Follow us:

Husky Football Blog

The latest news and analysis on the Montlake Dawgs.

November 26, 2014 at 3:07 PM

Q&A with UW senior nose tackle Danny Shelton

UW senior nose tackle Danny Shelton. (AP Photo/Elaine Thompson)

UW senior nose tackle Danny Shelton. (AP Photo/Elaine Thompson)

Washington senior nose tackle Danny Shelton will play in his fourth and final Apple Cup on Saturday in Pullman (7:30 p.m., FOX Sports 1). A projected first-round NFL draft pick, Shelton has 8.5 sacks and 16.0 tackles for loss, more than any other defensive tackle in the nation.

Here, he shares insights on the Apple Cup and his infatuation with pretend bow and arrows.

Q: You’re a local guy and an Apple Cup veteran. Do you feel the need to impress on younger teammates what the rivalry is all about?

DS: We haven’t really done that. We let Coach Pete bring in the alumni. That’s really what we recommended before he came, bring in more alumni and talk to everybody about the traditions at Washington. I think he’s done a great job. We had a couple greats come in (Brock Huard, Lawyer Milloy, Mike Rohrbach) and it’s just an awesome feeling to hear their perspectives and what they lived through and what being a Husky means to them.

Q: It looked like you were having as much fun as you’ve ever had here Saturday night in your last game at Husky Stadium.

DS: I think it was just us old guys realizing that this is our last time running out of the tunnel, playing in front of this great crowd. We really wanted to just put on a show for everybody, just show them how much fun we’ve had and it’s all been because of their support. We just wanted to entertaining them and show them that we’re having fun and we love the game.”

Q: You were shooting pretend bow and arrows during breaks in the Oregon State game. Where did that come from?

DS: A lot of players on the team have been watching the show on Netflix, ‘Arrow.’ We play around in the locker room and in practice. Me and John (Timu) thought of just bringing it out. There’s no need to be shy out in front of our crowd, so we decided just to have fun out there. We started it in the beginning of the game and kind of got the Oregon State coaches doing it with us. It was kind of crazy to see that. It was pretty fun.”

Q: Did they get you at all?

DS: No, man. Nobody gets me.” (laughs)

Q: What makes that show so good?

DS: I think it’s just, us being older and being able to live out things that we didn’t get to live out during my childhood. A lot of us didn’t come up with these fancy things, so now we’re receiving stipend checks and we’re able to go out and maybe buy (toy) bows. Just buy things we couldn’t have when we were a child. Me and Hau’oli (Kikaha) were talking about getting walkie-talkies because we never got them when we were kids. We talked about night-vision goggles and just things that you never really got to enjoy when you were a kid. Kind of getting back to the point of showing the young guys that football doesn’t have to be this strict game where you’re selling your soul and you’re giving up your body for everything and not getting out of it; it can be fun at the same time and also rewarding. … Really, this year has just been the most fun I’ve had in a long time.”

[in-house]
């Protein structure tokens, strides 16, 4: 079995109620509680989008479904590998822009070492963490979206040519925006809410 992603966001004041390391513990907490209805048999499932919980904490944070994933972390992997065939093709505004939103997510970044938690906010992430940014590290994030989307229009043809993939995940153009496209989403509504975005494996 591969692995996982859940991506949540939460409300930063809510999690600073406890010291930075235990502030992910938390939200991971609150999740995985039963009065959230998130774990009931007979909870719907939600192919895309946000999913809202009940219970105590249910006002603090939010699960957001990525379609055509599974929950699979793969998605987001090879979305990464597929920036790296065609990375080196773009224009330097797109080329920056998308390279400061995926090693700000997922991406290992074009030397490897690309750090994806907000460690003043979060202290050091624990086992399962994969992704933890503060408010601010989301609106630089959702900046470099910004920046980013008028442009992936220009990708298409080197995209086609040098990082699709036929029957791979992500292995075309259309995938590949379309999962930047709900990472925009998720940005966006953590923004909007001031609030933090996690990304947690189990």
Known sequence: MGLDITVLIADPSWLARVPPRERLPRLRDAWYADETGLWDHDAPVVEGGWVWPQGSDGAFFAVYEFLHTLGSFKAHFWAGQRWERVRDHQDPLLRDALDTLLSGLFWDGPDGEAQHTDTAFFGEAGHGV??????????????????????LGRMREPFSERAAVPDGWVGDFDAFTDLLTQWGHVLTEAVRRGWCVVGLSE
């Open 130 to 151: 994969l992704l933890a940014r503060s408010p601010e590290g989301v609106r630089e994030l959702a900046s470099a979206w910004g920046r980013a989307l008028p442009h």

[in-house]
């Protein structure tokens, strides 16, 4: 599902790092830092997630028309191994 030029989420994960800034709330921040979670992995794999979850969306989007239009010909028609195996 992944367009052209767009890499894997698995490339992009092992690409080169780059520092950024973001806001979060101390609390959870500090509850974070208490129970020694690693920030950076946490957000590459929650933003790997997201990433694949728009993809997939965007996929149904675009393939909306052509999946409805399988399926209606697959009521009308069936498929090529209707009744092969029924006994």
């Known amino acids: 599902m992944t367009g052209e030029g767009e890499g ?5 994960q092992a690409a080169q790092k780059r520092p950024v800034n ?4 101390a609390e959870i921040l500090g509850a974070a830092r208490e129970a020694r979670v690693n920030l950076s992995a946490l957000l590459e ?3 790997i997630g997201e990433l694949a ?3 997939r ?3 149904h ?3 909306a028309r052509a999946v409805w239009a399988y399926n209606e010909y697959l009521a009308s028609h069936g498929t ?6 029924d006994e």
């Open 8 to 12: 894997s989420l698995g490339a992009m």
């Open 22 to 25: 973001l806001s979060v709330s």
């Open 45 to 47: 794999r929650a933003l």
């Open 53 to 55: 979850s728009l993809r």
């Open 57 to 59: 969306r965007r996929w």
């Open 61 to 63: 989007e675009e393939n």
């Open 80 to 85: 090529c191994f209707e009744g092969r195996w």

Q: Did you actually go out and buy a toy bow and arrow?

DS: Yeah, during camp I had a toy bow and a little sticky arrow and (started) shooting people. … We’re messing around in the locker room all the time. We’re wrestling around, acting like we’re WWE starts and stuff, jumping off ladders and tables. That’s how it is. Showing these young guys that you can still have fun and still get the job done.”

Q: You told us before the season that you thought you were “too nice” in the past. Has that changed this season?

DS: Yeah, it’s something I really feel like I needed to go out there. I felt like, just other coaches were taking advantage (of that) and not really seeing the potential that I have. I really made it a goal of mine to embrace that side of me, that aggressive side and make more plays and put my body on the line.

Comments

COMMENTS

No personal attacks or insults, no hate speech, no profanity. Please keep the conversation civil and help us moderate this thread by reporting any abuse. See our Commenting FAQ.



The opinions expressed in reader comments are those of the author only, and do not reflect the opinions of The Seattle Times.


The Seattle Times

The door is closed, but it's not locked.

Take a minute to subscribe and continue to enjoy The Seattle Times for as little as 99 cents a week.

Subscription options ►

Already a subscriber?

We've got good news for you. Unlimited seattletimes.com content access is included with most subscriptions.

Subscriber login ►
The Seattle Times

To keep reading, you need a subscription upgrade.

We hope you have enjoyed your complimentary access. For unlimited seattletimes.com access, please upgrade your digital subscription.

Call customer service at 1.800.542.0820 for assistance with your upgrade or questions about your subscriber status.

The Seattle Times

To keep reading, you need a subscription.

We hope you have enjoyed your complimentary access. Subscribe now for unlimited access!

Subscription options ►

Already a subscriber?

We've got good news for you. Unlimited seattletimes.com content access is included with most subscriptions.

Activate Subscriber Account ►